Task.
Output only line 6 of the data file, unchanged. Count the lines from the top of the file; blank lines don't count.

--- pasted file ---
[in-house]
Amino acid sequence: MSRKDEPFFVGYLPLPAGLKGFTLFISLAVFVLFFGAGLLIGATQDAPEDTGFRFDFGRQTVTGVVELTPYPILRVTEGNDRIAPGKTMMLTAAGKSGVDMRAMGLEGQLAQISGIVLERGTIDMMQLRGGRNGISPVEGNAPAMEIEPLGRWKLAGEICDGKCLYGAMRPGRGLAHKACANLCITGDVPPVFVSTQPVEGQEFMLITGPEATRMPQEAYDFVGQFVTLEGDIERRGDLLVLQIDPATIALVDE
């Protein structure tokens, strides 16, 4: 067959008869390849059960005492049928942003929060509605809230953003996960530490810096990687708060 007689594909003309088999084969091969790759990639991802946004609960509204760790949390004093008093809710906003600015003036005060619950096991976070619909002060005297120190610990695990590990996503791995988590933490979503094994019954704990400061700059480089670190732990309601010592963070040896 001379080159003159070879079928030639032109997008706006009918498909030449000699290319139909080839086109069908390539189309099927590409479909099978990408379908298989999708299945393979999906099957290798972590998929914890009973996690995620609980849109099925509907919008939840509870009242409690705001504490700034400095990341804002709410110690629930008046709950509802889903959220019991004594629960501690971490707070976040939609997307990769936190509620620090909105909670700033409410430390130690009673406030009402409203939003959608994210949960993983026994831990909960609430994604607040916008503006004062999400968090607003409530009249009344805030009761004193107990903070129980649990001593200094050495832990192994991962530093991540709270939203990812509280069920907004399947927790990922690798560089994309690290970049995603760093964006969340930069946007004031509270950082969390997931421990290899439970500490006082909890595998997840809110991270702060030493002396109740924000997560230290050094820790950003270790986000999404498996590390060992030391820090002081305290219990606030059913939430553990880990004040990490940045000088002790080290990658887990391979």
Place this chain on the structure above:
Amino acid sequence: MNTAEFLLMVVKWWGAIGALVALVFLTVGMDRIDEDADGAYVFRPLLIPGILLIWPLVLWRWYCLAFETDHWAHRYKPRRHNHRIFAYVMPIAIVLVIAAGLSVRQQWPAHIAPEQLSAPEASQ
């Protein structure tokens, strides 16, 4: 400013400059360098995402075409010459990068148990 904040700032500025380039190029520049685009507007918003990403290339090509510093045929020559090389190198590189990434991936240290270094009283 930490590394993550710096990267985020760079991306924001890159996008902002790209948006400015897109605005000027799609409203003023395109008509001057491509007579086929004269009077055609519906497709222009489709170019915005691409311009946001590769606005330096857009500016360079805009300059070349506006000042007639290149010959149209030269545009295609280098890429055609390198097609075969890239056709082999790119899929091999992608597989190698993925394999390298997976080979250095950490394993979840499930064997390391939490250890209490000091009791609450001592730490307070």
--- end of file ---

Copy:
């Protein structure tokens, strides 16, 4: 400013400059360098995402075409010459990068148990 904040700032500025380039190029520049685009507007918003990403290339090509510093045929020559090389190198590189990434991936240290270094009283 930490590394993550710096990267985020760079991306924001890159996008902002790209948006400015897109605005000027799609409203003023395109008509001057491509007579086929004269009077055609519906497709222009489709170019915005691409311009946001590769606005330096857009500016360079805009300059070349506006000042007639290149010959149209030269545009295609280098890429055609390198097609075969890239056709082999790119899929091999992608597989190698993925394999390298997976080979250095950490394993979840499930064997390391939490250890209490000091009791609450001592730490307070």